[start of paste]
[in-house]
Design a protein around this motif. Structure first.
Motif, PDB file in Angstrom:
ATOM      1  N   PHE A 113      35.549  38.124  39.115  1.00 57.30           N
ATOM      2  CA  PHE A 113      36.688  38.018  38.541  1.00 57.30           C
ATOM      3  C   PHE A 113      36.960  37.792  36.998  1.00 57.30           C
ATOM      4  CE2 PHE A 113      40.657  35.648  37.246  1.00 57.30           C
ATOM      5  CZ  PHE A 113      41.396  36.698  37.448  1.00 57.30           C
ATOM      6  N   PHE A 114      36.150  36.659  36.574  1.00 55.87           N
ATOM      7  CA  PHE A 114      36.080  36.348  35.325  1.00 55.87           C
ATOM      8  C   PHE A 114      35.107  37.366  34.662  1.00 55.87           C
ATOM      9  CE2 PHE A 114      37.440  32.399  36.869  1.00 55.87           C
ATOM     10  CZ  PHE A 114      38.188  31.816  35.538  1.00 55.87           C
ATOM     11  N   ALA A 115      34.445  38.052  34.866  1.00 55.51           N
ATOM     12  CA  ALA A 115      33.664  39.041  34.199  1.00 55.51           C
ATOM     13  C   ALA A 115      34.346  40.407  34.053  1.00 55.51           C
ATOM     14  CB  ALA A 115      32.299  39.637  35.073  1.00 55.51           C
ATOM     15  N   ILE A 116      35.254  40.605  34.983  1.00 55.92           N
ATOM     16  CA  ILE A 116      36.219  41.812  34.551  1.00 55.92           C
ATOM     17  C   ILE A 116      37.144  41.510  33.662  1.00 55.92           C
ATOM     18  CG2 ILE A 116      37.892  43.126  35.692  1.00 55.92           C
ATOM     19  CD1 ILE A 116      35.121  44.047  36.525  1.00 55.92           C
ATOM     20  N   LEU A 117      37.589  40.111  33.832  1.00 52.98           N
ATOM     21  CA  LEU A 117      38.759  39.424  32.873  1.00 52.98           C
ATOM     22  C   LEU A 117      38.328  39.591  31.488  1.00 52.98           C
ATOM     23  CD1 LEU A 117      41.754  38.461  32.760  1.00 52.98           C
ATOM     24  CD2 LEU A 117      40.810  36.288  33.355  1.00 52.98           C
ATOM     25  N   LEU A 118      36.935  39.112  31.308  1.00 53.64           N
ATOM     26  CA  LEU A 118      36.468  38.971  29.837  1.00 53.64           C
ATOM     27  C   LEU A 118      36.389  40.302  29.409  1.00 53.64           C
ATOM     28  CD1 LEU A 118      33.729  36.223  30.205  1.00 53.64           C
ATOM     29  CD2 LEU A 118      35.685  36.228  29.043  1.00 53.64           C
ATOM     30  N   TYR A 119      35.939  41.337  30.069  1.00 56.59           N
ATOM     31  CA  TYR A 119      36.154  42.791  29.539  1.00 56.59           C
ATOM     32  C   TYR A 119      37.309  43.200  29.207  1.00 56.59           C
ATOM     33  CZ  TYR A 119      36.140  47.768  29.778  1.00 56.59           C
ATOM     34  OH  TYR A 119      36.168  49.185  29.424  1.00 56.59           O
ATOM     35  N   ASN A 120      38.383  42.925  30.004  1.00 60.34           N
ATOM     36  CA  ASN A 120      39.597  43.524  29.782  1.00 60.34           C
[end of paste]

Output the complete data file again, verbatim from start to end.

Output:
[in-house]
Design a protein around this motif. Structure first.
Motif, PDB file in Angstrom:
ATOM      1  N   PHE A 113      35.549  38.124  39.115  1.00 57.30           N
ATOM      2  CA  PHE A 113      36.688  38.018  38.541  1.00 57.30           C
ATOM      3  C   PHE A 113      36.960  37.792  36.998  1.00 57.30           C
ATOM      4  CE2 PHE A 113      40.657  35.648  37.246  1.00 57.30           C
ATOM      5  CZ  PHE A 113      41.396  36.698  37.448  1.00 57.30           C
ATOM      6  N   PHE A 114      36.150  36.659  36.574  1.00 55.87           N
ATOM      7  CA  PHE A 114      36.080  36.348  35.325  1.00 55.87           C
ATOM      8  C   PHE A 114      35.107  37.366  34.662  1.00 55.87           C
ATOM      9  CE2 PHE A 114      37.440  32.399  36.869  1.00 55.87           C
ATOM     10  CZ  PHE A 114      38.188  31.816  35.538  1.00 55.87           C
ATOM     11  N   ALA A 115      34.445  38.052  34.866  1.00 55.51           N
ATOM     12  CA  ALA A 115      33.664  39.041  34.199  1.00 55.51           C
ATOM     13  C   ALA A 115      34.346  40.407  34.053  1.00 55.51           C
ATOM     14  CB  ALA A 115      32.299  39.637  35.073  1.00 55.51           C
ATOM     15  N   ILE A 116      35.254  40.605  34.983  1.00 55.92           N
ATOM     16  CA  ILE A 116      36.219  41.812  34.551  1.00 55.92           C
ATOM     17  C   ILE A 116      37.144  41.510  33.662  1.00 55.92           C
ATOM     18  CG2 ILE A 116      37.892  43.126  35.692  1.00 55.92           C
ATOM     19  CD1 ILE A 116      35.121  44.047  36.525  1.00 55.92           C
ATOM     20  N   LEU A 117      37.589  40.111  33.832  1.00 52.98           N
ATOM     21  CA  LEU A 117      38.759  39.424  32.873  1.00 52.98           C
ATOM     22  C   LEU A 117      38.328  39.591  31.488  1.00 52.98           C
ATOM     23  CD1 LEU A 117      41.754  38.461  32.760  1.00 52.98           C
ATOM     24  CD2 LEU A 117      40.810  36.288  33.355  1.00 52.98           C
ATOM     25  N   LEU A 118      36.935  39.112  31.308  1.00 53.64           N
ATOM     26  CA  LEU A 118      36.468  38.971  29.837  1.00 53.64           C
ATOM     27  C   LEU A 118      36.389  40.302  29.409  1.00 53.64           C
ATOM     28  CD1 LEU A 118      33.729  36.223  30.205  1.00 53.64           C
ATOM     29  CD2 LEU A 118      35.685  36.228  29.043  1.00 53.64           C
ATOM     30  N   TYR A 119      35.939  41.337  30.069  1.00 56.59           N
ATOM     31  CA  TYR A 119      36.154  42.791  29.539  1.00 56.59           C
ATOM     32  C   TYR A 119      37.309  43.200  29.207  1.00 56.59           C
ATOM     33  CZ  TYR A 119      36.140  47.768  29.778  1.00 56.59           C
ATOM     34  OH  TYR A 119      36.168  49.185  29.424  1.00 56.59           O
ATOM     35  N   ASN A 120      38.383  42.925  30.004  1.00 60.34           N
ATOM     36  CA  ASN A 120      39.597  43.524  29.782  1.00 60.34           C